We have a far more detailed guide - How to Start a Business which will go over the points in more details.

  1. Identify a suitable business idea that works for you - Check out our Business Ideas Tool.
  2. Critically analyze your idea with our Lean Business Model Canvas Tool. You can then go on to create a full business plan with our Free Online Business Plan Tool.
  3. Formally organize your Business into a company. An LLC is the most popular way to structure your business. Learn how to Form your LLC in Georgia.
  4. Complete important key steps after formation such as acquiring business licences & permits, registering for state taxes, and opening a business bank account.
  5. Build your website and develop your brand. Learn more about marketing and brand establishment.

How to Maintain Your LLC

To maintain a Georgia LLC, it is necessary to make periodic filings with the State of Georgia. Learn how to keep your LLC in good standing and avoid state penalties.

Annual Report

Georgia requires LLCs to file an annual report with the Secretary of State.

File a Annual Report with the State of Georgia

File Online

Fee: $50

Due Date: Due by April 1st each year

Late Filings

Georgia assess a $25 late fees if you miss your filing deadline. Georgia will dissolve your LLC within 2 years for failure to file an annual report.

Prevention

Each year, thousands of LLCs are unknowingly dissolved or suspended for failing to file an annual report. When this happens, LLC owners risk loss of limited liability protection. A registered agent service can help prevent this outcome by notifying you of upcoming filing deadlines and by submitting reports on your behalf.

Other Requirements

LLCs are considered “pass-through” entities and do not ordinarily pay income tax directly. Nevertheless, some states require certain LLCs to report income for informational purposes. Georgia requires most multi-member LLCs to report annual income.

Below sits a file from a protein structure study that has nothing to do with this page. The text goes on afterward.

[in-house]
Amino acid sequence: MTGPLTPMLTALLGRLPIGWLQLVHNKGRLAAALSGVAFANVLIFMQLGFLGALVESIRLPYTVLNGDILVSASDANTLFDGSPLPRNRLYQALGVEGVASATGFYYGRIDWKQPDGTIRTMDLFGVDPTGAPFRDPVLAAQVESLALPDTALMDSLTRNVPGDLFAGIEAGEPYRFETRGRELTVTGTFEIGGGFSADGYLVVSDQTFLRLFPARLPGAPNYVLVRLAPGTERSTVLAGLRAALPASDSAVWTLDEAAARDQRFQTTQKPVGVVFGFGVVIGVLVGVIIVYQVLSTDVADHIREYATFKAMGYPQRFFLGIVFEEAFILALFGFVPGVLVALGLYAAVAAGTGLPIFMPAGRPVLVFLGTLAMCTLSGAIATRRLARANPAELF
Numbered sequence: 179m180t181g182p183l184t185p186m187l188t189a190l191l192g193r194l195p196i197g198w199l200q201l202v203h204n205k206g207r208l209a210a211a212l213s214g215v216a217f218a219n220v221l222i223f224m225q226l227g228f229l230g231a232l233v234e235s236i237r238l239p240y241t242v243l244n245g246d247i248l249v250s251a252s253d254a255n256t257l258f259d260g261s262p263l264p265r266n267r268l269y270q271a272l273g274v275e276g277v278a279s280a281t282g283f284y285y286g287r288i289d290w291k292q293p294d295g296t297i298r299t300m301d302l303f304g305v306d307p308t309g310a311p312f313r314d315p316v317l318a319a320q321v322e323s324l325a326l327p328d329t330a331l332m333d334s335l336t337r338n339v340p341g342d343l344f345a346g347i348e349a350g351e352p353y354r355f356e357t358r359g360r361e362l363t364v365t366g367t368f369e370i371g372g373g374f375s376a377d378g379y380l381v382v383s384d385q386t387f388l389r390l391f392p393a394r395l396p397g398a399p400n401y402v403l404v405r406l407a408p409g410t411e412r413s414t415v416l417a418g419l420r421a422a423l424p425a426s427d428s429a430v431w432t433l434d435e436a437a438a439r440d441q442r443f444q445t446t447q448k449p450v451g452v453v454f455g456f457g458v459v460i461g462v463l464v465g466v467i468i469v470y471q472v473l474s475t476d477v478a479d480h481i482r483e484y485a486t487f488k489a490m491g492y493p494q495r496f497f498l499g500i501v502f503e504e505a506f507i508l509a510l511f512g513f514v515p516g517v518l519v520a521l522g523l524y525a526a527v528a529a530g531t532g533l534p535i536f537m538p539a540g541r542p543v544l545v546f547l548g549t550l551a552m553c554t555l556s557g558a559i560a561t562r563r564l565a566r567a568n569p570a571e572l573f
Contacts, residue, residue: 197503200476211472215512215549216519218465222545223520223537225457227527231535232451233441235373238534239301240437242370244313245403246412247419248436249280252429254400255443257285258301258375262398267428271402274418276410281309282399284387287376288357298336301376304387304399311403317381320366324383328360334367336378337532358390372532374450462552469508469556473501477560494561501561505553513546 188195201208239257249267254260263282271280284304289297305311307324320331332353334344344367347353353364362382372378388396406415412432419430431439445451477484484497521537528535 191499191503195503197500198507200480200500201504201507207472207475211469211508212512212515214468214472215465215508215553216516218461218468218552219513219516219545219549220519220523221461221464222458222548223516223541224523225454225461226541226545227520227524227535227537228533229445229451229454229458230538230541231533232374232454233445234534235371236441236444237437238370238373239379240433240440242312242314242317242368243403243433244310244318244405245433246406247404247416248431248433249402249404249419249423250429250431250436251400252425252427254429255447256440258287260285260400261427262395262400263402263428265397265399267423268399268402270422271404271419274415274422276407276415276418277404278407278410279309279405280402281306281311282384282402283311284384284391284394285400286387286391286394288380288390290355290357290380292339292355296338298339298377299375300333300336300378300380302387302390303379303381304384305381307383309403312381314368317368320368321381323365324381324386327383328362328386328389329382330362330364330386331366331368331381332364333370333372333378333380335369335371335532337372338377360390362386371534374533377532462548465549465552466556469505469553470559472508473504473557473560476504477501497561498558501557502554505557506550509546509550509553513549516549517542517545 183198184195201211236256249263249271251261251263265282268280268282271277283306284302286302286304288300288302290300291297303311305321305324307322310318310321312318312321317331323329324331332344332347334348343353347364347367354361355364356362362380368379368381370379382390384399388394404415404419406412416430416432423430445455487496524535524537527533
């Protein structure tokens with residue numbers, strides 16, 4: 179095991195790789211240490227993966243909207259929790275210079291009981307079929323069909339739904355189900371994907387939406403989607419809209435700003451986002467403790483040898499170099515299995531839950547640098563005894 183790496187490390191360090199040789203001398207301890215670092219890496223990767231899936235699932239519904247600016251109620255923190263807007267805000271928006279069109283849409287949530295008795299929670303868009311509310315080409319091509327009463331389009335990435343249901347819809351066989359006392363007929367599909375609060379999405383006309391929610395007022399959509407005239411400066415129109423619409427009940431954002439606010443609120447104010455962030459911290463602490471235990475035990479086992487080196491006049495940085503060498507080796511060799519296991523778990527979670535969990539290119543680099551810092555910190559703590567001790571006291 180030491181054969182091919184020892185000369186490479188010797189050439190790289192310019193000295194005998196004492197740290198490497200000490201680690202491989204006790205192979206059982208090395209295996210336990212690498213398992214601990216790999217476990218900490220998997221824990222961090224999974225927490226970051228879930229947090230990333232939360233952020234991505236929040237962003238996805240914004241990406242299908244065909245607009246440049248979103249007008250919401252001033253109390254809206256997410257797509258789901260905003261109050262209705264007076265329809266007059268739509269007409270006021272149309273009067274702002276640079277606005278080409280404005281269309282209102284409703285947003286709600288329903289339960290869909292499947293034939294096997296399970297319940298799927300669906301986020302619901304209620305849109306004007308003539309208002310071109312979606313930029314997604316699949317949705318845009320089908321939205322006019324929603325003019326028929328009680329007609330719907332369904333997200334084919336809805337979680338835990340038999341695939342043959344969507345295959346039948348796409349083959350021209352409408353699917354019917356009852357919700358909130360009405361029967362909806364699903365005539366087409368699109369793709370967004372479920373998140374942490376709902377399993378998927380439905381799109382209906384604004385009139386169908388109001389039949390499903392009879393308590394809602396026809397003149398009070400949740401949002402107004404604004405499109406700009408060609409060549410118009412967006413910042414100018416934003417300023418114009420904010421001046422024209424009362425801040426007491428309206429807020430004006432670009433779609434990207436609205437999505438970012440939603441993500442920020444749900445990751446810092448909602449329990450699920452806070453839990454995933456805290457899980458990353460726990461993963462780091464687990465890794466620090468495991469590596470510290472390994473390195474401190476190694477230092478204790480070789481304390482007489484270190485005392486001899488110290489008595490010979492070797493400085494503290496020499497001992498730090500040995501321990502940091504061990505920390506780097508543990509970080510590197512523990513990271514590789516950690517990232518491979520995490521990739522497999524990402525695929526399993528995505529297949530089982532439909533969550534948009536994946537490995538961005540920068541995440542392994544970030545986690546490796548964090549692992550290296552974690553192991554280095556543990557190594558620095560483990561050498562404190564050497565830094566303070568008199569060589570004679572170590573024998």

Recommended: INCFILE.COM offers a reliable registered agent service.

Obtain a Certificate of Good Standing

A Certificate of Good Standing verifies that your LLC was legally formed and has been properly maintained. Several instances where you might need to get one include:

  • Seeking funding from banks or other lenders
  • Forming your business as a foreign LLC in another state
  • Obtaining or renewing specific business licenses or permits

Certificates of Existence for you company can be viewed online through the Georgia’s Corporation Division.

View Online.

Fee: $10.00

How to dissolve a Georgia LLC

If you no longer wish to conduct business with your LLC, it is important to officially dissolve it. Failure to do so in a timely fashion can result in tax liabilities and penalties, or even legal trouble. To dissolve your LLC, there are two broad steps:

  • Close your business tax accounts
  • File the Articles of Dissolution

Learn More Here

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Foreign LLC in Georgia

If you have an existing LLC and want to register to do business in Georgia, you will need to form a foreign LLC.

File a Foreign LLC in Georgia

Download the PDF

Fee: $225 — Follow the instructions on the PDF.

Benefits of Forming a Foreign LLC
The major benefit of becoming a foreign corporation is that it allows your company to operate as one entity in many jurisdictions. For example, if you originally incorporate your LLC in the State of Delaware, you can file your existing domestic LLC as a foreign corporation in other states.